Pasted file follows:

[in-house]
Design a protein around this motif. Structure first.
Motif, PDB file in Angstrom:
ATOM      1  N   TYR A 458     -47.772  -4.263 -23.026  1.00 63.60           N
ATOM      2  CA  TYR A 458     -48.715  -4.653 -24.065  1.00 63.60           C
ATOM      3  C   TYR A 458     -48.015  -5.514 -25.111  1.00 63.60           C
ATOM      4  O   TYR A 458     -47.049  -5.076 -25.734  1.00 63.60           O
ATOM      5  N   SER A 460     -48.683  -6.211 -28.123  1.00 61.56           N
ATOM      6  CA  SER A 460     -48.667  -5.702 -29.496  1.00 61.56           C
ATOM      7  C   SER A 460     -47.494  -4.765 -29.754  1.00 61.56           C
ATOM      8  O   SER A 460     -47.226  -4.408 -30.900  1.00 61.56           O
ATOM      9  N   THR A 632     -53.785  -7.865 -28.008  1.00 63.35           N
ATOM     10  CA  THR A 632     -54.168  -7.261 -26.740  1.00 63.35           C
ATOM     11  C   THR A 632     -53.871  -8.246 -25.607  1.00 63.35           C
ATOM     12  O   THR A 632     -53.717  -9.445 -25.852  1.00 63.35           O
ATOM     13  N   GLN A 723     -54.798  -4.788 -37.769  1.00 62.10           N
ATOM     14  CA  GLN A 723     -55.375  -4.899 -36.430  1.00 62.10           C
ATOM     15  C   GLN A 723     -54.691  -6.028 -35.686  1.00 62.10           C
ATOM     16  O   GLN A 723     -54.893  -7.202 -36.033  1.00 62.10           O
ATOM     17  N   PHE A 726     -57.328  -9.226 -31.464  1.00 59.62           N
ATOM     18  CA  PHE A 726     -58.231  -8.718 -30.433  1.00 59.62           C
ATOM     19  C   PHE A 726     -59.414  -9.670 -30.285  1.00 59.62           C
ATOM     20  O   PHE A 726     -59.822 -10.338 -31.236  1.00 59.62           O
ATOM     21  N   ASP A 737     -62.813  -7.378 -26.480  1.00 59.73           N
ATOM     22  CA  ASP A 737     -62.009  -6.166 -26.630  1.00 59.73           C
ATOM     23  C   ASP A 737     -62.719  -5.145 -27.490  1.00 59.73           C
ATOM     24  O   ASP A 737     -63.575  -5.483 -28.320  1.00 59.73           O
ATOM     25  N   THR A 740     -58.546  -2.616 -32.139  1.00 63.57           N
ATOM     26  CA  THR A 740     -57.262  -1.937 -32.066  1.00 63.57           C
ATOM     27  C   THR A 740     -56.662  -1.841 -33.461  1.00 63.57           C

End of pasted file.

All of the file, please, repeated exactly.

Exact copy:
[in-house]
Design a protein around this motif. Structure first.
Motif, PDB file in Angstrom:
ATOM      1  N   TYR A 458     -47.772  -4.263 -23.026  1.00 63.60           N
ATOM      2  CA  TYR A 458     -48.715  -4.653 -24.065  1.00 63.60           C
ATOM      3  C   TYR A 458     -48.015  -5.514 -25.111  1.00 63.60           C
ATOM      4  O   TYR A 458     -47.049  -5.076 -25.734  1.00 63.60           O
ATOM      5  N   SER A 460     -48.683  -6.211 -28.123  1.00 61.56           N
ATOM      6  CA  SER A 460     -48.667  -5.702 -29.496  1.00 61.56           C
ATOM      7  C   SER A 460     -47.494  -4.765 -29.754  1.00 61.56           C
ATOM      8  O   SER A 460     -47.226  -4.408 -30.900  1.00 61.56           O
ATOM      9  N   THR A 632     -53.785  -7.865 -28.008  1.00 63.35           N
ATOM     10  CA  THR A 632     -54.168  -7.261 -26.740  1.00 63.35           C
ATOM     11  C   THR A 632     -53.871  -8.246 -25.607  1.00 63.35           C
ATOM     12  O   THR A 632     -53.717  -9.445 -25.852  1.00 63.35           O
ATOM     13  N   GLN A 723     -54.798  -4.788 -37.769  1.00 62.10           N
ATOM     14  CA  GLN A 723     -55.375  -4.899 -36.430  1.00 62.10           C
ATOM     15  C   GLN A 723     -54.691  -6.028 -35.686  1.00 62.10           C
ATOM     16  O   GLN A 723     -54.893  -7.202 -36.033  1.00 62.10           O
ATOM     17  N   PHE A 726     -57.328  -9.226 -31.464  1.00 59.62           N
ATOM     18  CA  PHE A 726     -58.231  -8.718 -30.433  1.00 59.62           C
ATOM     19  C   PHE A 726     -59.414  -9.670 -30.285  1.00 59.62           C
ATOM     20  O   PHE A 726     -59.822 -10.338 -31.236  1.00 59.62           O
ATOM     21  N   ASP A 737     -62.813  -7.378 -26.480  1.00 59.73           N
ATOM     22  CA  ASP A 737     -62.009  -6.166 -26.630  1.00 59.73           C
ATOM     23  C   ASP A 737     -62.719  -5.145 -27.490  1.00 59.73           C
ATOM     24  O   ASP A 737     -63.575  -5.483 -28.320  1.00 59.73           O
ATOM     25  N   THR A 740     -58.546  -2.616 -32.139  1.00 63.57           N
ATOM     26  CA  THR A 740     -57.262  -1.937 -32.066  1.00 63.57           C
ATOM     27  C   THR A 740     -56.662  -1.841 -33.461  1.00 63.57           C